A second response was that, after 1992, the Convention on Biological Diversity (CBD) established the principle that genetic resources of every kind found within the territorial boundaries of nation-states are subject to the sovereign rights and control of those states. Under Article 15, access must be obtained on mutually agreed terms, subject to prior informed consent and to further obligations concerning benefit sharing and the transfer of end-use technology. Over time, the trend has been for developing countries to restrict access to their microbial resources for virtually all uses, including public research uses, and to assert ownership claims to resources held in the public collections of developed countries that were not obtained in conformity with the principles set out in the CBD.
Let us now ask what is fundamentally wrong with this picture? The growing trend on both sides of the development divide is to view each microbial resource as if it were potentially as valuable as gold. Sometimes, of course, when the proprietor has a known or likely commercial application for a specific microbe, strong restrictions on access, use, and reuse make sense. Some of the special collections deposited at ATCC provide examples of such a situation.
Generally speaking, however, the bulk of all microbial materials residing in public culture collections all over the world have no known or likely commercial applications whatsoever. In reality, the only value that the bulk of these materials possess is to serve as research materials, as inputs for basic scientific research. The hoarding and proprietary tendencies that increasingly predominate thus undermine and risk defeating the research potential of university research scientists everywhere. Academics depend on their ability to screen large collections of raw materials against leads developed in their laboratories either by phenotypical observations or by genetic analysis, or by some combination of the two. Needless to say, as we observed in an article regarding the hoarding of small molecule libraries (Rai et al. 2008), narrowed access to these upstream research resources actually leads to fewer commercial payoffs in the end, a situation in which everybody loses.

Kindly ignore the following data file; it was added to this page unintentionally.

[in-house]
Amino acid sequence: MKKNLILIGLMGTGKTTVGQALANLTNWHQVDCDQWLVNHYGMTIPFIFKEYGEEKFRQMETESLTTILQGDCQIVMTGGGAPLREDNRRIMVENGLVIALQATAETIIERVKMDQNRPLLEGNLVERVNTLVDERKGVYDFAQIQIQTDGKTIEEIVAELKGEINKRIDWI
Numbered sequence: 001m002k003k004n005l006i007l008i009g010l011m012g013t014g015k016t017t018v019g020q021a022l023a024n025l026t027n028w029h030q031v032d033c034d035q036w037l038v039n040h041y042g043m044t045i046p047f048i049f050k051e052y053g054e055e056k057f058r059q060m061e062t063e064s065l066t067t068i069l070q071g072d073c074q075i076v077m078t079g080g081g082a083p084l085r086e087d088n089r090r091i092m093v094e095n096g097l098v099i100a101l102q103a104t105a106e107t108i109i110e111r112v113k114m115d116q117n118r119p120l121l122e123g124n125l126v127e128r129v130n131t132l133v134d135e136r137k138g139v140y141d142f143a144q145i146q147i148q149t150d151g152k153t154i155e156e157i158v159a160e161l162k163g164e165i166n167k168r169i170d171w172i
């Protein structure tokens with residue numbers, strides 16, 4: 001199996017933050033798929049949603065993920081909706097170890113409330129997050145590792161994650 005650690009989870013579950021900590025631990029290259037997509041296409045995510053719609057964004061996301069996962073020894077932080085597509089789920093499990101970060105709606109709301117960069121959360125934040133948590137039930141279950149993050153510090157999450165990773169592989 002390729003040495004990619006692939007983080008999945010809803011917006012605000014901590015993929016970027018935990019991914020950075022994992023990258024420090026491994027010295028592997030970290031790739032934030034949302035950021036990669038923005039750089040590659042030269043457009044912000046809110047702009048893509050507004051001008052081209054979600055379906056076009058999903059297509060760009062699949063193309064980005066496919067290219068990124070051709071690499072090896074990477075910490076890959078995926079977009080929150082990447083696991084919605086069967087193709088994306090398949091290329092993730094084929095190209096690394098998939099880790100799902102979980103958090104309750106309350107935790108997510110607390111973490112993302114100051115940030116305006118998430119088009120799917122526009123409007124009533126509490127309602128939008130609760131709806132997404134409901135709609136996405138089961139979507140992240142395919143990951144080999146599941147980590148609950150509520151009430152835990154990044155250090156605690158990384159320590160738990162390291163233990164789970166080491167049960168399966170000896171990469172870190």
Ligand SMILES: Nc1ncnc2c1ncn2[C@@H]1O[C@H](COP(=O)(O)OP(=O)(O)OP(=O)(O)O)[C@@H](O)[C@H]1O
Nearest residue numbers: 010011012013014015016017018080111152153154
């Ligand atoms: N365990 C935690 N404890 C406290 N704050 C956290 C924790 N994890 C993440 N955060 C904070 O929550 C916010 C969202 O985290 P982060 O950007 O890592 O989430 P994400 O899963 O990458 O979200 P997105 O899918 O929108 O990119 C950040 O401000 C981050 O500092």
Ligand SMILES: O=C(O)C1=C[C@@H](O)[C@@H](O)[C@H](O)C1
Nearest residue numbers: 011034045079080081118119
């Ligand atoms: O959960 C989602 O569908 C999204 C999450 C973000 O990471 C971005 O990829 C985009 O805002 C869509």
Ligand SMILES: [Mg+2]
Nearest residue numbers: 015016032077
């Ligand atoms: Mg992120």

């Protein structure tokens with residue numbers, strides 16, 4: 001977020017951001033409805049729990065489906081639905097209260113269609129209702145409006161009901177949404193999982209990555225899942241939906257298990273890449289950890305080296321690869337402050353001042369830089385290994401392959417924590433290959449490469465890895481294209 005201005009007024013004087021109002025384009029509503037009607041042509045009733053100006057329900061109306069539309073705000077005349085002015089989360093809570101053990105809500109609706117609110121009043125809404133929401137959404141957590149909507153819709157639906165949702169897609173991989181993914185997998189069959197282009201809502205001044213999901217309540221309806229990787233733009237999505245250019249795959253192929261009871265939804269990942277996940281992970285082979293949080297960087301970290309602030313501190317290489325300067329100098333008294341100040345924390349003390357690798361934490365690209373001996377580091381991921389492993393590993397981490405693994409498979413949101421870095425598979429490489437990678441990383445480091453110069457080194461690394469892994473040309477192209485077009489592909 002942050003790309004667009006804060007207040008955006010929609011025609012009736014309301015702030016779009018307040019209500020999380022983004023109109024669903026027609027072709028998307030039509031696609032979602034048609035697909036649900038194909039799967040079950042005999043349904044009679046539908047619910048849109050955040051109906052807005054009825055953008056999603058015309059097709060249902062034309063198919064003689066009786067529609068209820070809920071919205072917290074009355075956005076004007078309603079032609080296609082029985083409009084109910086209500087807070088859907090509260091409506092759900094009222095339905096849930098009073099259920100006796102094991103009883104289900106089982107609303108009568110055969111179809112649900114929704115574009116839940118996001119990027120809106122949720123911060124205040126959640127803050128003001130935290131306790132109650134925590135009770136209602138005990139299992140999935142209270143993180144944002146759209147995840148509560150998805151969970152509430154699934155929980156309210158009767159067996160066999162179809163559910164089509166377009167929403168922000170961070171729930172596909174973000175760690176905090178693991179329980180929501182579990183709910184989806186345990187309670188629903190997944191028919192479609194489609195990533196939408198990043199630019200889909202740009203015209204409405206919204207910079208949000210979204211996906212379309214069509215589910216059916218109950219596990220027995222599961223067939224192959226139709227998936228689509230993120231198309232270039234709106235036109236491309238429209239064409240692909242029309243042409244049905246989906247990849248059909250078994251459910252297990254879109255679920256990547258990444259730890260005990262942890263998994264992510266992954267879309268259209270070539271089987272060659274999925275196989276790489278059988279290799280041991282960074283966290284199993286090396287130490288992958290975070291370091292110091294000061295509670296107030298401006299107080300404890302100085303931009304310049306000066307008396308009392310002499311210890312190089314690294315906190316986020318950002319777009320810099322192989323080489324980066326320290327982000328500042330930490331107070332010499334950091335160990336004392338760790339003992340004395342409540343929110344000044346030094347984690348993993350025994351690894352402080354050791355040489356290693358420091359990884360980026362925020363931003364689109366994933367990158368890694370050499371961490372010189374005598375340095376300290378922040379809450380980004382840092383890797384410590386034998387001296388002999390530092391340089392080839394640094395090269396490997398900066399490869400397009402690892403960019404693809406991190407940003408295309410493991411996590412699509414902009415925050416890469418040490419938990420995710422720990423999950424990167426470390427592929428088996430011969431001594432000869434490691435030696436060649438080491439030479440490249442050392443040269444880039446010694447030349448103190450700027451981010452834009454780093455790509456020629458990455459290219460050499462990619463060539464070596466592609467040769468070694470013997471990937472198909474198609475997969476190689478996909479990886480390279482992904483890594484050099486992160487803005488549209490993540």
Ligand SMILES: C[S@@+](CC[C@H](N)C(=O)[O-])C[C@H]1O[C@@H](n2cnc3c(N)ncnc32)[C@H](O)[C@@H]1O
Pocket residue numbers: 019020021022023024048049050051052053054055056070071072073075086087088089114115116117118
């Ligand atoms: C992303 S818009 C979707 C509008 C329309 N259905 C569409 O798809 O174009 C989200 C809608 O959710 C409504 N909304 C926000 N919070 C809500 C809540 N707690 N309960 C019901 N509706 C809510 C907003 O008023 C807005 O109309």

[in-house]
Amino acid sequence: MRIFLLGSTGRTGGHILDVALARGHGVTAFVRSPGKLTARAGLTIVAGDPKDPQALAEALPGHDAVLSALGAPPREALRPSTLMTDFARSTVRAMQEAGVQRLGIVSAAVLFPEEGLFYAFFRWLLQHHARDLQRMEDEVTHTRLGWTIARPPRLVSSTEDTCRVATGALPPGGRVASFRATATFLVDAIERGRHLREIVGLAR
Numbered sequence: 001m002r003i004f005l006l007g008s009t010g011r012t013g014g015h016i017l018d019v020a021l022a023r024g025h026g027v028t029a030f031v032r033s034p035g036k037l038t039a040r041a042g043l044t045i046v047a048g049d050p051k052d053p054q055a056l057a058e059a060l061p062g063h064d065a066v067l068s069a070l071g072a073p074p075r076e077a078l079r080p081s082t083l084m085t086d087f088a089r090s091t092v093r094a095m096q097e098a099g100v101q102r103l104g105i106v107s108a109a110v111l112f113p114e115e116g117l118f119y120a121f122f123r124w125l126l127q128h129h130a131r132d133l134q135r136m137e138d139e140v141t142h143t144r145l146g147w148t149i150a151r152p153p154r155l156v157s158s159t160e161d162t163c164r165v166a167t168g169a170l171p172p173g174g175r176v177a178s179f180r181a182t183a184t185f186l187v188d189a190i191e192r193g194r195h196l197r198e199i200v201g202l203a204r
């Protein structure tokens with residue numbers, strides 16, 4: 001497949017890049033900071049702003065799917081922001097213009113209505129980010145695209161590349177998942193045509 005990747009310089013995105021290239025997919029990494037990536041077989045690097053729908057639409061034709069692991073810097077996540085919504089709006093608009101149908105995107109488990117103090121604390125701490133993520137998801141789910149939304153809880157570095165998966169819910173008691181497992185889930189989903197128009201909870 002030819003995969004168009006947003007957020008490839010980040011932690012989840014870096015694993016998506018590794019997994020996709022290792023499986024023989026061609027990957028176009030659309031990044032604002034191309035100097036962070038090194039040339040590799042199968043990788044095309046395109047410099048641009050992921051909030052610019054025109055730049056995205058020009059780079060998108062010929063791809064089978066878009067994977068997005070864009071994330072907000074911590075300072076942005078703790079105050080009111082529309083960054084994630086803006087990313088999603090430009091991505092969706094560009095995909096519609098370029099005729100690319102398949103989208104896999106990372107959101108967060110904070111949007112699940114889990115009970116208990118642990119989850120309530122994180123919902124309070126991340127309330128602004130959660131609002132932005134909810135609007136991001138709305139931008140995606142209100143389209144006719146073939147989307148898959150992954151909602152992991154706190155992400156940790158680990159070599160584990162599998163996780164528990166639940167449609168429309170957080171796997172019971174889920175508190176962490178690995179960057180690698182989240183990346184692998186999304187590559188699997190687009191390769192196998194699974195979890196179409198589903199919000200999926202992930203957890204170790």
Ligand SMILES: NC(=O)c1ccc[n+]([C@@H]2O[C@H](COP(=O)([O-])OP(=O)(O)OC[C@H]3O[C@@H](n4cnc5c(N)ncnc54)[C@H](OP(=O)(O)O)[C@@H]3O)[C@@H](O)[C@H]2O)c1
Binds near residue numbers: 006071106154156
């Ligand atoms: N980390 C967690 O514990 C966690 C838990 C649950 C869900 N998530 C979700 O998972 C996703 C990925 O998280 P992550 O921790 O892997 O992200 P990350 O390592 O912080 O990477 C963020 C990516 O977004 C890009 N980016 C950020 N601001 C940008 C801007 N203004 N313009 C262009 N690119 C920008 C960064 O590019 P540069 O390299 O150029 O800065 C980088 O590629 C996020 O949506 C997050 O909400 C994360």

Not surprisingly, serious researchers have reportedly devised informal means of their own to ignore or avoid these restrictive practices. Such measures are especially prevalent at universities, which may hold a large amount of microbial resources at varying states of validation. To this end, single laboratories or research units informally exchange biological resources among themselves for public research purposes on the basis of mutual trust and reciprocally recognized quality controls, without entering into any formal legal undertakings. In effect, this informal network, which antedates the use of MTAs and reportedly still accounts for approximately 60 percent of all microbial materials exchanged, converts the private goods of the single participants into a type of "club goods" available to trusted members. This informal system thus tries to maintain the original sharing norms of the WFCC within a carefully selected group of likeminded researchers.
The result is an informal, closed semicommons based on “group loyalty” and reciprocity gains that drive a large but shrinking part of the research domain. Some characteristics of these informal exchanges are summarized as follows:
Ad hoc verbal agreements are usually preferred to MTAs; and the standard norm is “use in lab only." This practice likely violates the rules of university technology transfer offices and transnational regulations. There is little or no tracking or independent authentication (with concomitant risks).